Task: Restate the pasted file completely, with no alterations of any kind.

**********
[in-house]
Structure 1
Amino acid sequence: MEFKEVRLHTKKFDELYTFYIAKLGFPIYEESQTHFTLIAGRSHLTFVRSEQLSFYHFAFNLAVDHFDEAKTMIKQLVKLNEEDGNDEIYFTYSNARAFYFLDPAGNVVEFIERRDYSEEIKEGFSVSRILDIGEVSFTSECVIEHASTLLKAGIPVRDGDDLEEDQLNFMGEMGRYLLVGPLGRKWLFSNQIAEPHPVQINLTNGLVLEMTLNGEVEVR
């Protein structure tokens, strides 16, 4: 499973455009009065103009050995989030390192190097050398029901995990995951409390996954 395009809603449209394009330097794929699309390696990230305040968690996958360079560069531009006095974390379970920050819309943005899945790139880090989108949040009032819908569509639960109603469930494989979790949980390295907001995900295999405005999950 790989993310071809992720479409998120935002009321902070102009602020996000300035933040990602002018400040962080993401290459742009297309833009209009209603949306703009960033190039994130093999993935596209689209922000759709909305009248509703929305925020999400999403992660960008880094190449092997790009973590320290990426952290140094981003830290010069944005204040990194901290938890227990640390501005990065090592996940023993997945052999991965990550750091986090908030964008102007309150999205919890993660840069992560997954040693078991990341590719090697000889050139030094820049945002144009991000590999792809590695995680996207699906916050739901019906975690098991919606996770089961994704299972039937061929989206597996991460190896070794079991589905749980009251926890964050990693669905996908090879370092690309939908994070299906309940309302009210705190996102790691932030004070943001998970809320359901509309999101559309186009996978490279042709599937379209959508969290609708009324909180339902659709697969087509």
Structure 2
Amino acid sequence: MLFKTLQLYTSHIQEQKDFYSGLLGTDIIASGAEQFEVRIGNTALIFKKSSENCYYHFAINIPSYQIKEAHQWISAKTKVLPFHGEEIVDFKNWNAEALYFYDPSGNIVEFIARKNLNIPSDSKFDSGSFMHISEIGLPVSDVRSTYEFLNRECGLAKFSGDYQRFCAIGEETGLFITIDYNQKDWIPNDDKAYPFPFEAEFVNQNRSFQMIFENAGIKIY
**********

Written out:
[in-house]
Structure 1
Amino acid sequence: MEFKEVRLHTKKFDELYTFYIAKLGFPIYEESQTHFTLIAGRSHLTFVRSEQLSFYHFAFNLAVDHFDEAKTMIKQLVKLNEEDGNDEIYFTYSNARAFYFLDPAGNVVEFIERRDYSEEIKEGFSVSRILDIGEVSFTSECVIEHASTLLKAGIPVRDGDDLEEDQLNFMGEMGRYLLVGPLGRKWLFSNQIAEPHPVQINLTNGLVLEMTLNGEVEVR
């Protein structure tokens, strides 16, 4: 499973455009009065103009050995989030390192190097050398029901995990995951409390996954 395009809603449209394009330097794929699309390696990230305040968690996958360079560069531009006095974390379970920050819309943005899945790139880090989108949040009032819908569509639960109603469930494989979790949980390295907001995900295999405005999950 790989993310071809992720479409998120935002009321902070102009602020996000300035933040990602002018400040962080993401290459742009297309833009209009209603949306703009960033190039994130093999993935596209689209922000759709909305009248509703929305925020999400999403992660960008880094190449092997790009973590320290990426952290140094981003830290010069944005204040990194901290938890227990640390501005990065090592996940023993997945052999991965990550750091986090908030964008102007309150999205919890993660840069992560997954040693078991990341590719090697000889050139030094820049945002144009991000590999792809590695995680996207699906916050739901019906975690098991919606996770089961994704299972039937061929989206597996991460190896070794079991589905749980009251926890964050990693669905996908090879370092690309939908994070299906309940309302009210705190996102790691932030004070943001998970809320359901509309999101559309186009996978490279042709599937379209959508969290609708009324909180339902659709697969087509």
Structure 2
Amino acid sequence: MLFKTLQLYTSHIQEQKDFYSGLLGTDIIASGAEQFEVRIGNTALIFKKSSENCYYHFAINIPSYQIKEAHQWISAKTKVLPFHGEEIVDFKNWNAEALYFYDPSGNIVEFIARKNLNIPSDSKFDSGSFMHISEIGLPVSDVRSTYEFLNRECGLAKFSGDYQRFCAIGEETGLFITIDYNQKDWIPNDDKAYPFPFEAEFVNQNRSFQMIFENAGIKIY